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Hillary, Bernie and the Boys: Four Things To Watch For At The Democratic Debate

The Huffington Post The Huffington Post 13/10/2015 Richard Brodsky

It's all about Hillary. With due respect to a talented and attractive field, it remains hers to win or lose. That's not to say it's a sure thing. Hillary has been oddly off-kilter, passive and muted. She's been unable to create a personal connection with folks almost all of whom would like to like her. The sand-blasting she's been getting from the Republicans has hurt, as well. And she's weighted down by the same history that buoys her up; She's been around forever and everyone everywhere wants something new. It's what we call an "Oy Vey" syndrome and she needs to battle out of it.
So, watch out for
I. Can Hillary Laugh, Sing and Schmooze Just A Little?
She's smart. We know. She's tough. We know. She's the first woman favored to win. We know. She needs reach out, to connect with people and remind them of what has made her politically appealing. Jokes, tears, loudness, finger-poking, table-pounding, empathy. These things matter to voters, this ain't a civil service test or the SATs.
II. Any Crazy People Up There?
With a Republican field that contains a full measure of the bizarre and nutty, the Dems are five people with ideas and personalities that fall within the spectrum of normal. Let's hope the temptation to join the rush to the wild side can be avoided. Not easy in a race where only two of the five have registered with the electorate. O'Malley, Webb and Chafee are interesting candidates who deserve to be heard. They will be getting advice to wave their arms in the air and shout. Not likely to be effective and even hurtful when the Dems are trying to draw a contrast with the Republican chaos.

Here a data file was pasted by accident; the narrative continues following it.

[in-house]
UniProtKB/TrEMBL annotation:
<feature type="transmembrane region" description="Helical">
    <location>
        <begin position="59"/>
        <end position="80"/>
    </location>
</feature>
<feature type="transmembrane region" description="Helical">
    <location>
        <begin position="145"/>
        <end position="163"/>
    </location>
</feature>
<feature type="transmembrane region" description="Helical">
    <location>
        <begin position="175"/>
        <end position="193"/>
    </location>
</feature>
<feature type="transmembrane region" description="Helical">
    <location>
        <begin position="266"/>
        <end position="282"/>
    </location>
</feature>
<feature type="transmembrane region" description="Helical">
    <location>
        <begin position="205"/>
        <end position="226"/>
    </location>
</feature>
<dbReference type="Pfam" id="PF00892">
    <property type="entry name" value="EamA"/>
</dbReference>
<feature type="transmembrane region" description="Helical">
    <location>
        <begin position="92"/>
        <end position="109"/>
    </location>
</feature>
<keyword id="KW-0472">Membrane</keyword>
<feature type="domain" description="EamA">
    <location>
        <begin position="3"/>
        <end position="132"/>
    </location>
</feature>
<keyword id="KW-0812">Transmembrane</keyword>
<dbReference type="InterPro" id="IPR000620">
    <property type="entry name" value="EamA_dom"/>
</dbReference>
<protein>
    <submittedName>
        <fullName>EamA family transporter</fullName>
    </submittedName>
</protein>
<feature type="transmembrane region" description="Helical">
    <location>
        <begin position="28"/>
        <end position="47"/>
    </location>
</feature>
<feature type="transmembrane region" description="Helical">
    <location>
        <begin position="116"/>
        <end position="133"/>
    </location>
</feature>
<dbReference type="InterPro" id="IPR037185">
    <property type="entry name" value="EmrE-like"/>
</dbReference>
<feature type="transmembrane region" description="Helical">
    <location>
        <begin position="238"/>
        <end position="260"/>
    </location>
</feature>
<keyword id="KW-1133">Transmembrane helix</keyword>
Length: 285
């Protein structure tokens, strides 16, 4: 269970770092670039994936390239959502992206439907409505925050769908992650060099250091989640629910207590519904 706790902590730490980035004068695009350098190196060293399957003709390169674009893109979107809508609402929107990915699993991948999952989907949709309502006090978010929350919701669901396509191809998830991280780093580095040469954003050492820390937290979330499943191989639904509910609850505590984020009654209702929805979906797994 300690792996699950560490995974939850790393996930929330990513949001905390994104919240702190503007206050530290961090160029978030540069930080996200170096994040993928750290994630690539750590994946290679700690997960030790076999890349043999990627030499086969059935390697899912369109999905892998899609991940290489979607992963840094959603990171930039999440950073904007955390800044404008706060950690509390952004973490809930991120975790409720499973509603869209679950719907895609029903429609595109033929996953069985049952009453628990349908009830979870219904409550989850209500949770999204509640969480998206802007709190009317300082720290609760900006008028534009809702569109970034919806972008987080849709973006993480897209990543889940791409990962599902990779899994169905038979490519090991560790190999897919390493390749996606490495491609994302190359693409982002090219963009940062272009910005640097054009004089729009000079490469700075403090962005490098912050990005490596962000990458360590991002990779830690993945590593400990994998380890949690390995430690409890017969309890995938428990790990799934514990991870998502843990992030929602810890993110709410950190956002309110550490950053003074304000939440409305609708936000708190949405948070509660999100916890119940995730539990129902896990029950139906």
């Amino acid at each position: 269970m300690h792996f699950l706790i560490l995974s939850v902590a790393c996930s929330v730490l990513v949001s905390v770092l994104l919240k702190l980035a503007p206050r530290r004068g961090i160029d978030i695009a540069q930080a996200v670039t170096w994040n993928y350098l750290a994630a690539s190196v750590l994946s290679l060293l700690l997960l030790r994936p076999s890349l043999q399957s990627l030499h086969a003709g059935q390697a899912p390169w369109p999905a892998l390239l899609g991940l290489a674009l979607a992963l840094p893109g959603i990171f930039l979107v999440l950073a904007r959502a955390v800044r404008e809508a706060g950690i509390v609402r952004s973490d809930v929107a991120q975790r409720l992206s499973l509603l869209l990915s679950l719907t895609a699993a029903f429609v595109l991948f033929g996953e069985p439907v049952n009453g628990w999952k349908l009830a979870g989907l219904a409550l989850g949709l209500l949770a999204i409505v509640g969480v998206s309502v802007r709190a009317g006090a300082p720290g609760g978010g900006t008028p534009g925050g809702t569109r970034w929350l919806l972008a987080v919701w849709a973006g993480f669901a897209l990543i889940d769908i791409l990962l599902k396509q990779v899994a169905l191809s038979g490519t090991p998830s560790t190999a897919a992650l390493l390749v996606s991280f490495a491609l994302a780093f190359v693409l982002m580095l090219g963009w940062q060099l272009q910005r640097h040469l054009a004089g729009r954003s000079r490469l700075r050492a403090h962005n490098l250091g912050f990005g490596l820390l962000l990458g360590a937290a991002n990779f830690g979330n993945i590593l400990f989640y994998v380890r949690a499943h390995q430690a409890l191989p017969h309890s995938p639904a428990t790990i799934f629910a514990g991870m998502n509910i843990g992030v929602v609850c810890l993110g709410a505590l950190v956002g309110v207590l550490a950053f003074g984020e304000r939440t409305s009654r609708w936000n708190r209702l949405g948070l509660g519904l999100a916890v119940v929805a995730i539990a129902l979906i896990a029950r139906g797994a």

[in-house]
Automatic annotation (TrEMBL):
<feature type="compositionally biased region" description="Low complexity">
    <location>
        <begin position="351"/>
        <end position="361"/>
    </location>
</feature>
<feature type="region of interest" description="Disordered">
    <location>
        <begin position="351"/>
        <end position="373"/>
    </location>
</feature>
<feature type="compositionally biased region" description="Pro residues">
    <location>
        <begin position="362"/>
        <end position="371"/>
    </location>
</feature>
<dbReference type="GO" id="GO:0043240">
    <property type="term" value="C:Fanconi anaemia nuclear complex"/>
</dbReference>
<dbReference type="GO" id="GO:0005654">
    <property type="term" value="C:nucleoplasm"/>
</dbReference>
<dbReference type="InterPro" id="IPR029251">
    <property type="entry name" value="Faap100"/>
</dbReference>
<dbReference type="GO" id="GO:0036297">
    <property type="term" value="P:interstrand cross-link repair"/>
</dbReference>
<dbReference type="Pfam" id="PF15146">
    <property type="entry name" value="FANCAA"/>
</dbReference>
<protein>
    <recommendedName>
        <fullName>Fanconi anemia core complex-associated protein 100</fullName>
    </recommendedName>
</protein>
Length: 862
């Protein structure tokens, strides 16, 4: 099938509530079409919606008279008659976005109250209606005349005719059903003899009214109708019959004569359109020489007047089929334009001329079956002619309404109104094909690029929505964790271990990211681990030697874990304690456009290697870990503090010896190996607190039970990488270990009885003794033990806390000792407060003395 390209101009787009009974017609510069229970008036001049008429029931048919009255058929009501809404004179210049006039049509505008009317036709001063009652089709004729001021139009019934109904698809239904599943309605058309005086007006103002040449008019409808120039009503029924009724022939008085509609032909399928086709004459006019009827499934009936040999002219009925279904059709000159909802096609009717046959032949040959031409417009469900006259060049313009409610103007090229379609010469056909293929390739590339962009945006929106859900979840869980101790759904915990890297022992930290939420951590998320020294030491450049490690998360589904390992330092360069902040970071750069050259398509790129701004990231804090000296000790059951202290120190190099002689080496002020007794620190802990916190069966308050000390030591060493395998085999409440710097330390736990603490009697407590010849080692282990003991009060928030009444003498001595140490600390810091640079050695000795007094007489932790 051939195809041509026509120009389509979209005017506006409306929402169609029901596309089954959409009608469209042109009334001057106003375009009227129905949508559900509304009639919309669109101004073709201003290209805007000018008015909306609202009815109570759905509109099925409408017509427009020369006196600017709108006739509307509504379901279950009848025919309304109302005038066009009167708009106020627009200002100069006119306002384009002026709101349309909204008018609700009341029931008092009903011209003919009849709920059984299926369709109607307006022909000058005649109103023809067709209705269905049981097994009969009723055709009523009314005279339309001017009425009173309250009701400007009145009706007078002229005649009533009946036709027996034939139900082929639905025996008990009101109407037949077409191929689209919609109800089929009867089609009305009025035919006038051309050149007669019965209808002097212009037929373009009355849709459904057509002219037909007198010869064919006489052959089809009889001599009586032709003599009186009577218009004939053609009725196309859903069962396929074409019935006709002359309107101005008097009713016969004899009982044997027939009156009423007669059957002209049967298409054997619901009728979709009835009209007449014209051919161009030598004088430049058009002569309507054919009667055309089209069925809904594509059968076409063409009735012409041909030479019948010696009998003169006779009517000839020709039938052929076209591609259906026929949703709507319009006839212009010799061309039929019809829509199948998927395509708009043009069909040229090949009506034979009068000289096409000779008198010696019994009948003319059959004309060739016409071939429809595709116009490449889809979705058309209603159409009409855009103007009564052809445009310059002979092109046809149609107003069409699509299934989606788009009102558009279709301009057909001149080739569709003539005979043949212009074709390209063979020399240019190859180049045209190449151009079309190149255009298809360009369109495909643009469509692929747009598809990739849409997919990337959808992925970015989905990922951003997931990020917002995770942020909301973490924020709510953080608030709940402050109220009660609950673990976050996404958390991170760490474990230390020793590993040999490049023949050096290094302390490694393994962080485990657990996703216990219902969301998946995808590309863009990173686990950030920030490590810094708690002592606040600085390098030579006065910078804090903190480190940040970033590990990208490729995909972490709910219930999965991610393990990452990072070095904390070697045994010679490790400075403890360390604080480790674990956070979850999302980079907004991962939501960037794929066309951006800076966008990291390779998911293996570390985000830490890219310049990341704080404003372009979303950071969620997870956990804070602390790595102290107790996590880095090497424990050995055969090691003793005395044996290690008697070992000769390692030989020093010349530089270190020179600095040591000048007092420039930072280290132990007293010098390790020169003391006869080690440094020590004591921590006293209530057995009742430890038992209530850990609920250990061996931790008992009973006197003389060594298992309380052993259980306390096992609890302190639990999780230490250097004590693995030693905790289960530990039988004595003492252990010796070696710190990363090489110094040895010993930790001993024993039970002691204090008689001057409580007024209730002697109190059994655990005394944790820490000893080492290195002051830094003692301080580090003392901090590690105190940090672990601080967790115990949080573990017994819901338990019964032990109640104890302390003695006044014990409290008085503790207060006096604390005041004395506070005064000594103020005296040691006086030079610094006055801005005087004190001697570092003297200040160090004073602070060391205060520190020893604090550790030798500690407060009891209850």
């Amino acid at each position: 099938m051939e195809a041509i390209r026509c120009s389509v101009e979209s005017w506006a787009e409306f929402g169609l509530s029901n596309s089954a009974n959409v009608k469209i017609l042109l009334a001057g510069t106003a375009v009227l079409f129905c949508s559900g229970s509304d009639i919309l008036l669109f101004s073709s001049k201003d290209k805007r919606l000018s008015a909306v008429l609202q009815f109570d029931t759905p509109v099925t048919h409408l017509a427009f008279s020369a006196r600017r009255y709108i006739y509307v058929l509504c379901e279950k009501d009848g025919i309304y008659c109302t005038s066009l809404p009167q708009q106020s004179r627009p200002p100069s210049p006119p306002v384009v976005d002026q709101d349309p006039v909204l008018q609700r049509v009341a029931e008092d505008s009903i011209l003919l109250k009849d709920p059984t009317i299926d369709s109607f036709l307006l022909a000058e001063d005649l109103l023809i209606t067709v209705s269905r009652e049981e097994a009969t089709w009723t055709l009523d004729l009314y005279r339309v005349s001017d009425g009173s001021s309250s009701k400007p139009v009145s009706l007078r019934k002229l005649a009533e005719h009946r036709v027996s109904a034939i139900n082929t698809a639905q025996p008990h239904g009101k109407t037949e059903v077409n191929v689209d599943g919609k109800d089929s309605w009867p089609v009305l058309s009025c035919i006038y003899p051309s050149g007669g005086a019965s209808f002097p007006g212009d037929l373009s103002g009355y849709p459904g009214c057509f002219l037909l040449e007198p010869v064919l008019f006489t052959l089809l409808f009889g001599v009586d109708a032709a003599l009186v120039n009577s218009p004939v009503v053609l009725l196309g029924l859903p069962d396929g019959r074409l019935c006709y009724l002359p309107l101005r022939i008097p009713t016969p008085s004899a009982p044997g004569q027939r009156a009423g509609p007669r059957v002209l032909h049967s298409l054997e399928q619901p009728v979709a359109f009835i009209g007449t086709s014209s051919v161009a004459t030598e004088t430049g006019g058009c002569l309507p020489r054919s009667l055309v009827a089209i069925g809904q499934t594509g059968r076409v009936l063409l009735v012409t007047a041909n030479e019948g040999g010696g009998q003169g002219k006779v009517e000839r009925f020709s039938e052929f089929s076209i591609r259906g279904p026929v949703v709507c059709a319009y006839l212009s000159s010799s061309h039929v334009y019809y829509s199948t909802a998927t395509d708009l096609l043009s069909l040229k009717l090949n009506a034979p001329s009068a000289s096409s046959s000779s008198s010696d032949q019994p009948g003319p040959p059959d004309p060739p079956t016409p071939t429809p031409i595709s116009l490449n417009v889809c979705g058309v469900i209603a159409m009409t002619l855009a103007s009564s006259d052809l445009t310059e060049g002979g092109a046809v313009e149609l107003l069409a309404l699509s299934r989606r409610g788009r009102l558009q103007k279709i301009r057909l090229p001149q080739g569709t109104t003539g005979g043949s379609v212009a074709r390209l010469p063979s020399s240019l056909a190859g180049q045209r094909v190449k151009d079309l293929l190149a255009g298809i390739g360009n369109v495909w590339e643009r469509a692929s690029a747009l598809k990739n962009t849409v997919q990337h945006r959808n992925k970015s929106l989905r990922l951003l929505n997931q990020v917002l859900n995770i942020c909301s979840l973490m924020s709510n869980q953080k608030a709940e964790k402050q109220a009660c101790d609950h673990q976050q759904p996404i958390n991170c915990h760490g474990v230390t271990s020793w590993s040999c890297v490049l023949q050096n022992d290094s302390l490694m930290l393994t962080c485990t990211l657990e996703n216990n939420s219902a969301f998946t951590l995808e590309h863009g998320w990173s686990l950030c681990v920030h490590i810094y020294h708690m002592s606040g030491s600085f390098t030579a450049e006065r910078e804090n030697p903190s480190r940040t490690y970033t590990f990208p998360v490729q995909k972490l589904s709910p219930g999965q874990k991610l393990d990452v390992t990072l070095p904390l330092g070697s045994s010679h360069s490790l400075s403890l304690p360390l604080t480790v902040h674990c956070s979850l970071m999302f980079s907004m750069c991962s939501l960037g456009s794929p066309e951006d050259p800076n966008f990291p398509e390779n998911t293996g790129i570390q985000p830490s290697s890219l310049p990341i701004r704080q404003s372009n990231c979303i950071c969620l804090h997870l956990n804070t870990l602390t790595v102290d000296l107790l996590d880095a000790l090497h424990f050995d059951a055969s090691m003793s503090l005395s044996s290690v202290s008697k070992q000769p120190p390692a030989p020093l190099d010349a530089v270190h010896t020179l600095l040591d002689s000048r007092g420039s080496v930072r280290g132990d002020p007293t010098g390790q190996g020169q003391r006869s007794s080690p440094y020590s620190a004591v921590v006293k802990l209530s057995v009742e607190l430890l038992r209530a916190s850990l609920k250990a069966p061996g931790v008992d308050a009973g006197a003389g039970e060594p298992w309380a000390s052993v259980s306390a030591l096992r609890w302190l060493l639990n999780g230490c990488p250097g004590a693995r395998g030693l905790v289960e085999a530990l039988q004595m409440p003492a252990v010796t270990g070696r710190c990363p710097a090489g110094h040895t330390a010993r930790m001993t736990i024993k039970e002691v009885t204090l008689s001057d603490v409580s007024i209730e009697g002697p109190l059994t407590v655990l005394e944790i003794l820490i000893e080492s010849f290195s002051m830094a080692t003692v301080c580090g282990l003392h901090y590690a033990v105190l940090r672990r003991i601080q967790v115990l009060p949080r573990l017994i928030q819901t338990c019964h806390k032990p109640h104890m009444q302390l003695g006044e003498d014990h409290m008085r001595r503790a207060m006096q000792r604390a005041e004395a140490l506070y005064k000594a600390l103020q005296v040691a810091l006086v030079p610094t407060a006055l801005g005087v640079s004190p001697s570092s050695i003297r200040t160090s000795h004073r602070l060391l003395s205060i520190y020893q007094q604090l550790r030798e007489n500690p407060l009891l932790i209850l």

III. Electable?
Hillary's ultimate strength when primary voters are actually holding their ballots is a deep-seated belief that any Dem is better than any Rep and we ought to pick our best chance to win. This has not been a traditional argument for Dems, who regularly pick chancy candidates (Clinton, Obama, Carter) and win (they lose with the favorites Mondale, Gore). If Trump, Carson and the Freedom Caucus have done anything, it's lower the Dem appetite for risk. Sanders especially needs to explain an electoral strategy that wins. Remember, the swing vote is probably less than ten per cent of the nation and the nominee will have to have a pathway to those voters especially.
IV. Good Ideas?
There is remarkable intellectual conformity among Republicans. They are all hard right differing on political and tactical matters only. Dems would do well to focus on ideas and their policy differences. It will allow the minor candidates to stand out and it will strengthen the eventual nominee. This is a perfect place to unveil something new and interesting, if there is such a thing.
Democrats are positioned to win in 2016. For all the attacks from Republicans and gloom-and-doom of the pundits Hillary seems to have survived a bad summer fairly well. Sanders is genuine and decent, a feel-good call to our New Deal roots. O'Malley is a generational change, modern and quick. Chafee is an oddball uncle with brains and a coalition message. Webb is a tough, national security punch in the nose. Keep it clean, no hitting below the belt and come out punching.

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